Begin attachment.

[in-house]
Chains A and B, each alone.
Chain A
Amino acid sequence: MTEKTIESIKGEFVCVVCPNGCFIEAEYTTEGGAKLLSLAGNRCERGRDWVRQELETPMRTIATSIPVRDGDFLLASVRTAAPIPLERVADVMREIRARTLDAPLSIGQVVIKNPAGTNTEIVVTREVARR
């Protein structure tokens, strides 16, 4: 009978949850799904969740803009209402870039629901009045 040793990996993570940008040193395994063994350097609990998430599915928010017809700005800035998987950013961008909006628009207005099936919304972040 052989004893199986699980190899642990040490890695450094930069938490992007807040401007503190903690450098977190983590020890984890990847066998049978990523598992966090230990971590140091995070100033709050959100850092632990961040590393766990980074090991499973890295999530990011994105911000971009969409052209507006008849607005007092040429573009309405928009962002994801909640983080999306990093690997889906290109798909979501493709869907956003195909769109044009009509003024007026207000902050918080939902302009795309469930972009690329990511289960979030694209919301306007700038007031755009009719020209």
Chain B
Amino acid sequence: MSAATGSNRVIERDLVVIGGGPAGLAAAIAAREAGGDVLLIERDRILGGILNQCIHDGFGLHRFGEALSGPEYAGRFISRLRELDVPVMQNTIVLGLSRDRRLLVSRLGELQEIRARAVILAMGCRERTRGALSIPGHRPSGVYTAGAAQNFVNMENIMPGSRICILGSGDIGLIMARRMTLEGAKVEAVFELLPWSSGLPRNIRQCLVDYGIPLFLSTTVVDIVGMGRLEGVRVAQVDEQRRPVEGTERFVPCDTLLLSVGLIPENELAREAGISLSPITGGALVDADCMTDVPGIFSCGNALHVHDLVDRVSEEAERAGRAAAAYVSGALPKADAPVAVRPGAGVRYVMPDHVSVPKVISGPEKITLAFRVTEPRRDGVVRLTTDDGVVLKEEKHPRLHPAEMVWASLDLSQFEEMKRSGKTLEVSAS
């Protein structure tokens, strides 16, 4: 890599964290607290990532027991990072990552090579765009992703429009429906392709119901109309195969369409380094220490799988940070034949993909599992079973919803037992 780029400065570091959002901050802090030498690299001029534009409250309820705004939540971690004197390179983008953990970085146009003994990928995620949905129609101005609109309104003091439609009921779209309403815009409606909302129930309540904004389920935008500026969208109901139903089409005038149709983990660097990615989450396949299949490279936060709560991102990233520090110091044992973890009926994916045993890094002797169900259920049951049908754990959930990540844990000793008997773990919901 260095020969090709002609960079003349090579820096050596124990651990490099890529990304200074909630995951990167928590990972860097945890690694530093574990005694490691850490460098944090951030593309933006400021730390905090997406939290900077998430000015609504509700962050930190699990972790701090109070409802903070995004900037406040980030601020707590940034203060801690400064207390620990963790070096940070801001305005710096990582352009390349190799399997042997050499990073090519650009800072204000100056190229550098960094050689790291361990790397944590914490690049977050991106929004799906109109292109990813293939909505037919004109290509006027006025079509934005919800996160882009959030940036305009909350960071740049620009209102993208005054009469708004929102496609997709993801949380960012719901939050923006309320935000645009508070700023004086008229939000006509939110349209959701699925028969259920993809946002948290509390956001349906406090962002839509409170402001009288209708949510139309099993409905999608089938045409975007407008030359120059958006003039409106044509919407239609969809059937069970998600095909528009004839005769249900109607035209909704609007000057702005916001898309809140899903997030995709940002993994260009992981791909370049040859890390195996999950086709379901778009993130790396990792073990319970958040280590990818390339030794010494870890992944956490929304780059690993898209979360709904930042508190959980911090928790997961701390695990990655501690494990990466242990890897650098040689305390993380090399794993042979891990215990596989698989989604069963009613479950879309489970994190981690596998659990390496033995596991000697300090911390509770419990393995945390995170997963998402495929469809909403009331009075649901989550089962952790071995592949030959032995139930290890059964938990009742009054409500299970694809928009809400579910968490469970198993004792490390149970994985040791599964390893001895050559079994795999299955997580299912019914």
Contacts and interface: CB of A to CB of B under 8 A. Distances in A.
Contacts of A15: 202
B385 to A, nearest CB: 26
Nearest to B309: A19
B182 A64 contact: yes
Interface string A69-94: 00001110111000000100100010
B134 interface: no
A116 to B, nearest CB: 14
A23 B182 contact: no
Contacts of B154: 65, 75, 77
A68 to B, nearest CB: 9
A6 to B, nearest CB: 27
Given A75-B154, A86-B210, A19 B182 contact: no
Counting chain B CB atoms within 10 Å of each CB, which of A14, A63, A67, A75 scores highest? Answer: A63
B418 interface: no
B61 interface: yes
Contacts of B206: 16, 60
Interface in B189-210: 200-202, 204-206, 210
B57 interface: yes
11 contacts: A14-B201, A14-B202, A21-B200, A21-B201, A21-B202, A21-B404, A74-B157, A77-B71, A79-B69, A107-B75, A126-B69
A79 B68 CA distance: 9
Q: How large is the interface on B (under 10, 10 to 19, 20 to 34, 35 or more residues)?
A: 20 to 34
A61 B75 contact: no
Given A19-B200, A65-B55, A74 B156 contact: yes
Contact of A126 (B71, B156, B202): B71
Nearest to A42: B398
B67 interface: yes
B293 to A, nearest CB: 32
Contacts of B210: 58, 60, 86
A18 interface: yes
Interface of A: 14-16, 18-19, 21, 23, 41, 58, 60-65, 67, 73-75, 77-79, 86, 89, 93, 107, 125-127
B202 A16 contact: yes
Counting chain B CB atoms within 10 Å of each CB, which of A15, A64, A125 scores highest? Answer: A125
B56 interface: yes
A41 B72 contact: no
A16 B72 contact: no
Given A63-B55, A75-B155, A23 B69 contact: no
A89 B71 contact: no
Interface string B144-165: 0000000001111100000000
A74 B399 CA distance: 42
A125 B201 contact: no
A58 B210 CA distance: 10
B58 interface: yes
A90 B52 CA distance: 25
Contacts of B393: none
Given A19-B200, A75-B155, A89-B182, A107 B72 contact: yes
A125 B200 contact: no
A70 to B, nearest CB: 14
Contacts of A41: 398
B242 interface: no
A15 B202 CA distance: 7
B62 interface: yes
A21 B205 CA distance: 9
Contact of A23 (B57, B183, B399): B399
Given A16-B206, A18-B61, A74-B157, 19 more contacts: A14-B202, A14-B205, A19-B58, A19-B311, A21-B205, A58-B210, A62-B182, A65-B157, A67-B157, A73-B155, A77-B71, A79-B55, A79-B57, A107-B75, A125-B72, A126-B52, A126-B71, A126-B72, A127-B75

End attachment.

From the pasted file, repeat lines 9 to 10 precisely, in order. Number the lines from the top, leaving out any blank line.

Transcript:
Contacts and interface: CB of A to CB of B under 8 A. Distances in A.
Contacts of A15: 202